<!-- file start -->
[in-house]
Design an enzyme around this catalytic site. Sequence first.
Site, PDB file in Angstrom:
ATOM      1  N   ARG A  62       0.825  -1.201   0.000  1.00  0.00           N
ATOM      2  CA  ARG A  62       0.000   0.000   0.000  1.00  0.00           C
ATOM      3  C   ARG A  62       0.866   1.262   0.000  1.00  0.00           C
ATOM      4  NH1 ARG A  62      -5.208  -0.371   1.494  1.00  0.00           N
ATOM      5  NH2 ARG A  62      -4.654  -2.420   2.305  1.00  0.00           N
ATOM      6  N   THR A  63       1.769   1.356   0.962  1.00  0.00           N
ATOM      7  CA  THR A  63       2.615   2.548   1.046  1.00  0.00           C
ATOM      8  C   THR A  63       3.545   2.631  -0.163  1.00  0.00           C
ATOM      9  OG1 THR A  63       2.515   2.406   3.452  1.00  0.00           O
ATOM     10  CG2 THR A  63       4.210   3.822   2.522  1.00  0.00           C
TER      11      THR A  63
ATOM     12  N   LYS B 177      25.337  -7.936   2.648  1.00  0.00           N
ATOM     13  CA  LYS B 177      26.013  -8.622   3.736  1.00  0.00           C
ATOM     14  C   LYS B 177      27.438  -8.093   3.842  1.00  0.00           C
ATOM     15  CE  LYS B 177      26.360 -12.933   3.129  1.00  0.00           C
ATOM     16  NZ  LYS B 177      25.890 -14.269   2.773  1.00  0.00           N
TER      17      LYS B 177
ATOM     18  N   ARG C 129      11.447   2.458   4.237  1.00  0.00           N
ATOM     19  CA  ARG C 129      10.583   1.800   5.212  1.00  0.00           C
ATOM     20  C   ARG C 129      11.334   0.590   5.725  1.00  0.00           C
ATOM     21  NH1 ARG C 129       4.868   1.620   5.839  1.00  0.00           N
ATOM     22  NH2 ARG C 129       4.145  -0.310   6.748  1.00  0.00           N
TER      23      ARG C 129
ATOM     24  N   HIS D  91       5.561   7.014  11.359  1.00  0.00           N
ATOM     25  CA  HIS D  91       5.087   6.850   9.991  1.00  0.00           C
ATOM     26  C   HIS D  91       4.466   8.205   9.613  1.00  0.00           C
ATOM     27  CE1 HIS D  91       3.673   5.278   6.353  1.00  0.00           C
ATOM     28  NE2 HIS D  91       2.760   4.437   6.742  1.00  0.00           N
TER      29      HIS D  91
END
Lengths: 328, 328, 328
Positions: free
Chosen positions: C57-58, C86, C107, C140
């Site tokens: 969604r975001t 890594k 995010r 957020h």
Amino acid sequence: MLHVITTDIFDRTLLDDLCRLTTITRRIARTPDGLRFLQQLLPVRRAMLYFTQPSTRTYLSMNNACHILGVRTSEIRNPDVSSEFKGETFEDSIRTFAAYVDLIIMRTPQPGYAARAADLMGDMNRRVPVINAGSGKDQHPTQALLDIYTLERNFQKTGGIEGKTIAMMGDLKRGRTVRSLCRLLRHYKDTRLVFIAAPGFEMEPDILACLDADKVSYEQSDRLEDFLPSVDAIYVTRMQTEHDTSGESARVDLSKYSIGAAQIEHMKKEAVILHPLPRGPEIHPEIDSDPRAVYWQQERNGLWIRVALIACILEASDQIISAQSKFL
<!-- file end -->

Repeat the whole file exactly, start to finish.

[in-house]
Design an enzyme around this catalytic site. Sequence first.
Site, PDB file in Angstrom:
ATOM      1  N   ARG A  62       0.825  -1.201   0.000  1.00  0.00           N
ATOM      2  CA  ARG A  62       0.000   0.000   0.000  1.00  0.00           C
ATOM      3  C   ARG A  62       0.866   1.262   0.000  1.00  0.00           C
ATOM      4  NH1 ARG A  62      -5.208  -0.371   1.494  1.00  0.00           N
ATOM      5  NH2 ARG A  62      -4.654  -2.420   2.305  1.00  0.00           N
ATOM      6  N   THR A  63       1.769   1.356   0.962  1.00  0.00           N
ATOM      7  CA  THR A  63       2.615   2.548   1.046  1.00  0.00           C
ATOM      8  C   THR A  63       3.545   2.631  -0.163  1.00  0.00           C
ATOM      9  OG1 THR A  63       2.515   2.406   3.452  1.00  0.00           O
ATOM     10  CG2 THR A  63       4.210   3.822   2.522  1.00  0.00           C
TER      11      THR A  63
ATOM     12  N   LYS B 177      25.337  -7.936   2.648  1.00  0.00           N
ATOM     13  CA  LYS B 177      26.013  -8.622   3.736  1.00  0.00           C
ATOM     14  C   LYS B 177      27.438  -8.093   3.842  1.00  0.00           C
ATOM     15  CE  LYS B 177      26.360 -12.933   3.129  1.00  0.00           C
ATOM     16  NZ  LYS B 177      25.890 -14.269   2.773  1.00  0.00           N
TER      17      LYS B 177
ATOM     18  N   ARG C 129      11.447   2.458   4.237  1.00  0.00           N
ATOM     19  CA  ARG C 129      10.583   1.800   5.212  1.00  0.00           C
ATOM     20  C   ARG C 129      11.334   0.590   5.725  1.00  0.00           C
ATOM     21  NH1 ARG C 129       4.868   1.620   5.839  1.00  0.00           N
ATOM     22  NH2 ARG C 129       4.145  -0.310   6.748  1.00  0.00           N
TER      23      ARG C 129
ATOM     24  N   HIS D  91       5.561   7.014  11.359  1.00  0.00           N
ATOM     25  CA  HIS D  91       5.087   6.850   9.991  1.00  0.00           C
ATOM     26  C   HIS D  91       4.466   8.205   9.613  1.00  0.00           C
ATOM     27  CE1 HIS D  91       3.673   5.278   6.353  1.00  0.00           C
ATOM     28  NE2 HIS D  91       2.760   4.437   6.742  1.00  0.00           N
TER      29      HIS D  91
END
Lengths: 328, 328, 328
Positions: free
Chosen positions: C57-58, C86, C107, C140
């Site tokens: 969604r975001t 890594k 995010r 957020h």
Amino acid sequence: MLHVITTDIFDRTLLDDLCRLTTITRRIARTPDGLRFLQQLLPVRRAMLYFTQPSTRTYLSMNNACHILGVRTSEIRNPDVSSEFKGETFEDSIRTFAAYVDLIIMRTPQPGYAARAADLMGDMNRRVPVINAGSGKDQHPTQALLDIYTLERNFQKTGGIEGKTIAMMGDLKRGRTVRSLCRLLRHYKDTRLVFIAAPGFEMEPDILACLDADKVSYEQSDRLEDFLPSVDAIYVTRMQTEHDTSGESARVDLSKYSIGAAQIEHMKKEAVILHPLPRGPEIHPEIDSDPRAVYWQQERNGLWIRVALIACILEASDQIISAQSKFL